Finding what you need in the Microsoft® Visual Studio® documentation, which has over 200,000 topics, can be a daunting task. The Doc Detective is here to help, utilizing his investigative skills to probe the depths of the documentation.

Can't find what you're looking for? Just ask-if it's in there, I'll find it for you; if it isn't, I'll let you know that as well (and tell you where else you might go to find it).

Have a question for the Doc? Send your questions for future columns to me at

Dear Doc Detective,

I use ASP.NET and I've been hearing about something called MVC (model-view-controller?). I'm confused about this-is this the new way to do ASP.NET? What do I have to learn now?

  • Wigged-out in Winnemucca

Dear Wigged-out,

You can keep your hat on. Yes, MVC is a new development model that uses a different (some of course would say better) pattern than the ASP.NET you're used to, which uses the Web Forms model. Everything you know and love about the Web Forms model still works fine (better, even, in ASP.NET 4!). MVC is an alternative that separates the code for presentation (UI) and business logic. MVC features are included in ASP.NET 4, and you can also download an MVC package to use with ASP.NET 3.5.

To find out more about MVC, have a look at the topic "ASP.NET Model View Controller (MVC)". That article provides links to topics about MVC, to tutorials, and to videos and blog entries that go through MVC with a fine-tooth comb. So to speak.

  • Doc D

Dear Doc Detective,

I build custom solutions for several of my company's SharePoint sites. Our management has asked us to find a way to bring data from various databases and Web Services into lists and Web Parts on our sites.

I am aware of the Business Data Catalog service (now called Business Data Connectivity (BDC) service). I have also used SharePoint Designer to create a data model for the BDC, but I can only do this at the site level. I want to create the model once and deploy it to all sites on the server.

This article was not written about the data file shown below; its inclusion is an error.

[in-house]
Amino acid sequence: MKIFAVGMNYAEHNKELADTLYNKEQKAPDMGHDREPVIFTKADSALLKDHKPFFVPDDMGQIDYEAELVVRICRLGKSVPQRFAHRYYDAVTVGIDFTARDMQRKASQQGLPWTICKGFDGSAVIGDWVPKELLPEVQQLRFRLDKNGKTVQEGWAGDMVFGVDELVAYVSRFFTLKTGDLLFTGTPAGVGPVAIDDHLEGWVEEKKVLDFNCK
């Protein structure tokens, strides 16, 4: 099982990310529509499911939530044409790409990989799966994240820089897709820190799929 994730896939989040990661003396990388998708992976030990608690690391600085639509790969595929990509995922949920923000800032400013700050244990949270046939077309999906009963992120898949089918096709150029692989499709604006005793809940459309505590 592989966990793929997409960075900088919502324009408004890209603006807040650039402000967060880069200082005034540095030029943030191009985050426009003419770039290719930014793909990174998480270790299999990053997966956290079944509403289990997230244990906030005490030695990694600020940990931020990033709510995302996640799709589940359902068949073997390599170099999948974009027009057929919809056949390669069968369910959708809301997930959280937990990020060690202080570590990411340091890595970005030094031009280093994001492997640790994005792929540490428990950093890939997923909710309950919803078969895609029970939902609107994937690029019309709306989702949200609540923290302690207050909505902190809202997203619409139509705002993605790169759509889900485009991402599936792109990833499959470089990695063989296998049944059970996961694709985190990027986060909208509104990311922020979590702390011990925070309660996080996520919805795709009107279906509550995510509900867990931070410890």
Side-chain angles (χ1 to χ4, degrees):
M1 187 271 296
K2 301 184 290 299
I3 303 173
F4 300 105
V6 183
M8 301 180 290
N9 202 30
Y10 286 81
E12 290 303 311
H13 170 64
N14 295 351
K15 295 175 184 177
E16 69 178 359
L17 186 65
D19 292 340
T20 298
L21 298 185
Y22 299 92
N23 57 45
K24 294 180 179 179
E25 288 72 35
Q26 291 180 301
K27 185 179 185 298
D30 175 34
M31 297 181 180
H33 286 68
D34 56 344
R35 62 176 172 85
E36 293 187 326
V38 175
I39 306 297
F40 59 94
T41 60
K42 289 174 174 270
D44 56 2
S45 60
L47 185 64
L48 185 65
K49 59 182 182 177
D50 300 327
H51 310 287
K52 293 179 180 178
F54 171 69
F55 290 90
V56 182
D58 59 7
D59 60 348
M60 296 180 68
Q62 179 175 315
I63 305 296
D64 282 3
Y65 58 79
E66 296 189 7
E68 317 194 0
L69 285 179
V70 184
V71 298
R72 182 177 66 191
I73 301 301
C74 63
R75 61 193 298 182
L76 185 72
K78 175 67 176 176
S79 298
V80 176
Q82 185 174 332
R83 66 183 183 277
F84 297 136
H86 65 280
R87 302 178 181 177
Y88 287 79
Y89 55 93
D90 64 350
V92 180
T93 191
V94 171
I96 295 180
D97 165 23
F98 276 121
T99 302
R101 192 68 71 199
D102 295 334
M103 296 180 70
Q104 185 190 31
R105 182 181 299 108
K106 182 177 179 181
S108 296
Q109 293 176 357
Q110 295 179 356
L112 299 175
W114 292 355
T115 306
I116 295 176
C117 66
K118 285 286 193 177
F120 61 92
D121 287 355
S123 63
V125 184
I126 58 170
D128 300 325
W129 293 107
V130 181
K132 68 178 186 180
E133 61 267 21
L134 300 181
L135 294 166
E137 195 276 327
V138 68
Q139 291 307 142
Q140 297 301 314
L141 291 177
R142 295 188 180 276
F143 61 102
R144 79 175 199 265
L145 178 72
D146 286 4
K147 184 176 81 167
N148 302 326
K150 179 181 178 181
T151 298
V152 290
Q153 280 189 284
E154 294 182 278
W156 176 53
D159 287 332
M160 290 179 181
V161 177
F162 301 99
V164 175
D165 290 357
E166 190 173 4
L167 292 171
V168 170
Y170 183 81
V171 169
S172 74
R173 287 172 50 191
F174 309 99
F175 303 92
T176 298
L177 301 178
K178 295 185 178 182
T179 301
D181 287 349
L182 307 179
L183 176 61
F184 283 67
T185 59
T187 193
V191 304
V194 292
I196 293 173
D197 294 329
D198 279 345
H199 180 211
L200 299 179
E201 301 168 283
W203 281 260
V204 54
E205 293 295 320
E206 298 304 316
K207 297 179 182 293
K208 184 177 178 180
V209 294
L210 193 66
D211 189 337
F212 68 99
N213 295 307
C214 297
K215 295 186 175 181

Also, I want to mash up data from multiple data sources so that some comes from a database and some of it comes from a Web Service. I know it's possible to manually author an XML file and go through lots of pain to deploy it. Is there an easier way to do this? Perhaps I am asking too much.

-Mashed in Mishawaka

Dear Mashed,

When it comes to Visual Studio, you can never ask too much. New BDC features in Visual Studio 2010 enable you to visually create models that can mash together data from multiple data sources. Another new feature also provides easy deployment to server farms.

Once you've created the model, you can then use the data in lists and Web Parts by using UI features built-in to SharePoint. The topic “Integrating Business Data into SharePoint” will get you started.

  • Doc Detective

Dear Doc Detective,

I'm getting tired of writing data binding code in my WPF applications-it's a lot of work and I frequently make mistakes. Why can't I use drag and drop to create bindings like I can do with Windows forms?

  • Peeved in Pe Ell

Dear Peeved,

Ask and you shall receive. The new WPF Designer in Visual Studio 2010 gives you a number of new gestures for binding data.

If you need to bind data from a database, check out the topic “Binding WPF Controls to Data in Visual Studio”. If you need to bind to other controls, see “Walkthrough: Creating a Data Binding by Using the WPF Designer”. If you want to bind to a business object, then the topic “Walkthrough: Using a DesignInstance to Bind to Data in the Designer” is for you.

Read through these, and you can drag 'til you drop.

  • Doc D

Dear Doc Detective,

This may seem like a small issue, but I'm tired of looking at the Visual Studio Start page with links to events that happened several months ago. I know I can switch to a different RSS feed, but I'd really like to completely redesign my Start page and make it my own. Is this possible?

  • Bored in Boring

Dear Bored,

It's not only possible; it's limited only by your imagination. The Start page in Visual Studio 2010 is based on Windows Presentation Foundation (WPF), so pretty much anything you can do with WPF is within the realm of possibility.

You can modify your own Start page, download a third-party Start page from the Online Gallery section of the Extension Manager, or even share your custom Start page with others. The aptly-named topic “Customizing the Start Page” provides an overview of how to do this and more. And, if you want to put a picture of the good Doc on your page, please feel free.

  • Doctor D

Doc's Doc Tip of the Day

The online version of the MSDN Library recently went through a major redesign with a new look and feel. You can now choose between three views: the familiar “classic” view, a low bandwidth view that disables scripts, and a new “lightweight” view that matches the offline documentation.

You might also want to check out the Start (default) page for the library. It now contains a Feature Spotlight section with tips on using the library, as well as a frequently updated Featured Content section with links to hot topics.

Found a topic in Help that doesn't help? Tell the Visual Studio documentation team about it by clicking on the “Send feedback” link in local Help topics, or the “Click to rate and give feedback” link in online Help.